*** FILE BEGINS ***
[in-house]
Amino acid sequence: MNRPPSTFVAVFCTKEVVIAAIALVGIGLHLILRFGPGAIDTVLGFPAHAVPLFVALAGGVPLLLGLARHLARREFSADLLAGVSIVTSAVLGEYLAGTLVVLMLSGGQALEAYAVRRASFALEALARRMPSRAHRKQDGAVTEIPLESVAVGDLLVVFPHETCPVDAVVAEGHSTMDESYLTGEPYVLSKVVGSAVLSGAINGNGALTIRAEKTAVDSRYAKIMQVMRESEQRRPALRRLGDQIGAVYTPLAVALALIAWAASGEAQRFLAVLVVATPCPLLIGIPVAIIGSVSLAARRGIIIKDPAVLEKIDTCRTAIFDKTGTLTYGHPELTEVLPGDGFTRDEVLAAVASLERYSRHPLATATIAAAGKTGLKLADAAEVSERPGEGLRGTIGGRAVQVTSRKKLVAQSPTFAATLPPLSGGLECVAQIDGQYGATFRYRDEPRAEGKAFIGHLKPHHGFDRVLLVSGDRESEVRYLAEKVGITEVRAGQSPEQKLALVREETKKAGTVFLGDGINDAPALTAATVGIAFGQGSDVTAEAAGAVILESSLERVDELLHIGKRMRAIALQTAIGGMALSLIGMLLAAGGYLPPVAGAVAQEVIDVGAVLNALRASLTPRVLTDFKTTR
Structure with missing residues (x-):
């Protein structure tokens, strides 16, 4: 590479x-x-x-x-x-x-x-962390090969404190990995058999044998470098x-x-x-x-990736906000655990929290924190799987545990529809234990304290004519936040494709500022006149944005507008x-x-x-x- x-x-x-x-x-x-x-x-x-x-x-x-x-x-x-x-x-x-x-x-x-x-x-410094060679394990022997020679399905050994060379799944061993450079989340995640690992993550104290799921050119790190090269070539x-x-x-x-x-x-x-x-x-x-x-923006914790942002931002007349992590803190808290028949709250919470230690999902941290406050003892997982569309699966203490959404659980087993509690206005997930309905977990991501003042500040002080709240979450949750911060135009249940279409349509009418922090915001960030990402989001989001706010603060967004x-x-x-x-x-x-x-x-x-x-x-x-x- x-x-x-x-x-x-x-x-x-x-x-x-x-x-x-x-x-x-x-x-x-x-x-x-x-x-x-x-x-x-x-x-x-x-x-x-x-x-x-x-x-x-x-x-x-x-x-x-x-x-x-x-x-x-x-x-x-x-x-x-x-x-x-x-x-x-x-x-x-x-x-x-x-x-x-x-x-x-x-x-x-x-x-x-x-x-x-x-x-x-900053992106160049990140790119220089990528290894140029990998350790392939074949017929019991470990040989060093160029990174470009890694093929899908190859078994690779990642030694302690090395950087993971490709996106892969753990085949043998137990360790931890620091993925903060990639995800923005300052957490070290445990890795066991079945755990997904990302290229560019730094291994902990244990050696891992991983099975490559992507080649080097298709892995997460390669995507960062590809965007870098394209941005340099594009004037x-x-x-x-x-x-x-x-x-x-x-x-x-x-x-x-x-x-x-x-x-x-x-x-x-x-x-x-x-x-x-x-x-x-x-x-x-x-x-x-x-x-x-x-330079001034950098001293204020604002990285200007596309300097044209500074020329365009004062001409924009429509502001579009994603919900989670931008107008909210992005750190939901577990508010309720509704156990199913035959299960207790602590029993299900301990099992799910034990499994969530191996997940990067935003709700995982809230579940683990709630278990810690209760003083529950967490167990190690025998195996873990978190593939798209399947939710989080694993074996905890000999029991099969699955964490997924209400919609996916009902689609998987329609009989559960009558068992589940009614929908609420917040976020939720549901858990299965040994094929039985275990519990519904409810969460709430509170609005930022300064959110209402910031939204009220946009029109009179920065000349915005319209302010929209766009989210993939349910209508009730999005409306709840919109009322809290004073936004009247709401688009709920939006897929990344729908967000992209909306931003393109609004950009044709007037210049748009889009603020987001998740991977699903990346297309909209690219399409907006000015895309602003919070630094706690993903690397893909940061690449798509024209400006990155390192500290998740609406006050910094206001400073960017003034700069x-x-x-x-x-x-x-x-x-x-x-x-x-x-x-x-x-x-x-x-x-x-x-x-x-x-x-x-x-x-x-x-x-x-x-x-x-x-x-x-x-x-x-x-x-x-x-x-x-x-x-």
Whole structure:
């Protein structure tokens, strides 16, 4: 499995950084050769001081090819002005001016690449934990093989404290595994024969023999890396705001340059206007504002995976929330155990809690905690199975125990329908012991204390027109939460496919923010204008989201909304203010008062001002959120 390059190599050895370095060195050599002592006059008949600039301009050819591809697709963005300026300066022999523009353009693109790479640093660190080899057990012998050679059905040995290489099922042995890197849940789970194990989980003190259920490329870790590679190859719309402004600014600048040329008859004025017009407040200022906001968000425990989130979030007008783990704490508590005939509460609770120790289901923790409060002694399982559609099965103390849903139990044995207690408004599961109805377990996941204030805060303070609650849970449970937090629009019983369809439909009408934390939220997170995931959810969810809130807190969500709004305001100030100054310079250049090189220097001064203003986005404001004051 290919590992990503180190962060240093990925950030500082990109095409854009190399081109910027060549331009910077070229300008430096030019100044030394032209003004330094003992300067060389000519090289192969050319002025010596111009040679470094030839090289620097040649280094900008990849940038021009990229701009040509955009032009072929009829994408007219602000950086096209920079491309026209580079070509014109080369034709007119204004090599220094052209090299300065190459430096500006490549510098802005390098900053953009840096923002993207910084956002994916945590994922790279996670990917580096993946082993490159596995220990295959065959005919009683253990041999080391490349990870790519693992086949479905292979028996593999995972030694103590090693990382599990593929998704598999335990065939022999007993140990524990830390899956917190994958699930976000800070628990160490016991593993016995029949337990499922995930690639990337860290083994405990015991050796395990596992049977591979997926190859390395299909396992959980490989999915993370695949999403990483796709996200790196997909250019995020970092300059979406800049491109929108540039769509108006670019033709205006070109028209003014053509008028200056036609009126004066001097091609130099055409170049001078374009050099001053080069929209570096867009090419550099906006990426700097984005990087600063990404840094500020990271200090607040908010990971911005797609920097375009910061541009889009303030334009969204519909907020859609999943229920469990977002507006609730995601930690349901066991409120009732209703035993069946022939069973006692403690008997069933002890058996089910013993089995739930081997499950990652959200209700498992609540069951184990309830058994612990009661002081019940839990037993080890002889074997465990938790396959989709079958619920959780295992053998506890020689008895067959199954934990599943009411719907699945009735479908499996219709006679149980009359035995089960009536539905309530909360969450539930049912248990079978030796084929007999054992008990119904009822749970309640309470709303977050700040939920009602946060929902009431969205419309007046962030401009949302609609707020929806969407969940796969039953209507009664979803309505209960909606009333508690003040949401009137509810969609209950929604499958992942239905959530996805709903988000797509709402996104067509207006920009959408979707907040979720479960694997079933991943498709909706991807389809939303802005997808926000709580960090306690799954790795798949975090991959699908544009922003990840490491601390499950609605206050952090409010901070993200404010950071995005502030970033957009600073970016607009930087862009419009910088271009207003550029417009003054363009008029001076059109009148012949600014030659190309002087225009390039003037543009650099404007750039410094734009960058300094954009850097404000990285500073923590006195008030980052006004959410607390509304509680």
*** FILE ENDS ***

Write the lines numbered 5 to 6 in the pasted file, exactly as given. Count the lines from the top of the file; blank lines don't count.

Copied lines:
Whole structure:
């Protein structure tokens, strides 16, 4: 499995950084050769001081090819002005001016690449934990093989404290595994024969023999890396705001340059206007504002995976929330155990809690905690199975125990329908012991204390027109939460496919923010204008989201909304203010008062001002959120 390059190599050895370095060195050599002592006059008949600039301009050819591809697709963005300026300066022999523009353009693109790479640093660190080899057990012998050679059905040995290489099922042995890197849940789970194990989980003190259920490329870790590679190859719309402004600014600048040329008859004025017009407040200022906001968000425990989130979030007008783990704490508590005939509460609770120790289901923790409060002694399982559609099965103390849903139990044995207690408004599961109805377990996941204030805060303070609650849970449970937090629009019983369809439909009408934390939220997170995931959810969810809130807190969500709004305001100030100054310079250049090189220097001064203003986005404001004051 290919590992990503180190962060240093990925950030500082990109095409854009190399081109910027060549331009910077070229300008430096030019100044030394032209003004330094003992300067060389000519090289192969050319002025010596111009040679470094030839090289620097040649280094900008990849940038021009990229701009040509955009032009072929009829994408007219602000950086096209920079491309026209580079070509014109080369034709007119204004090599220094052209090299300065190459430096500006490549510098802005390098900053953009840096923002993207910084956002994916945590994922790279996670990917580096993946082993490159596995220990295959065959005919009683253990041999080391490349990870790519693992086949479905292979028996593999995972030694103590090693990382599990593929998704598999335990065939022999007993140990524990830390899956917190994958699930976000800070628990160490016991593993016995029949337990499922995930690639990337860290083994405990015991050796395990596992049977591979997926190859390395299909396992959980490989999915993370695949999403990483796709996200790196997909250019995020970092300059979406800049491109929108540039769509108006670019033709205006070109028209003014053509008028200056036609009126004066001097091609130099055409170049001078374009050099001053080069929209570096867009090419550099906006990426700097984005990087600063990404840094500020990271200090607040908010990971911005797609920097375009910061541009889009303030334009969204519909907020859609999943229920469990977002507006609730995601930690349901066991409120009732209703035993069946022939069973006692403690008997069933002890058996089910013993089995739930081997499950990652959200209700498992609540069951184990309830058994612990009661002081019940839990037993080890002889074997465990938790396959989709079958619920959780295992053998506890020689008895067959199954934990599943009411719907699945009735479908499996219709006679149980009359035995089960009536539905309530909360969450539930049912248990079978030796084929007999054992008990119904009822749970309640309470709303977050700040939920009602946060929902009431969205419309007046962030401009949302609609707020929806969407969940796969039953209507009664979803309505209960909606009333508690003040949401009137509810969609209950929604499958992942239905959530996805709903988000797509709402996104067509207006920009959408979707907040979720479960694997079933991943498709909706991807389809939303802005997808926000709580960090306690799954790795798949975090991959699908544009922003990840490491601390499950609605206050952090409010901070993200404010950071995005502030970033957009600073970016607009930087862009419009910088271009207003550029417009003054363009008029001076059109009148012949600014030659190309002087225009390039003037543009650099404007750039410094734009960058300094954009850097404000990285500073923590006195008030980052006004959410607390509304509680």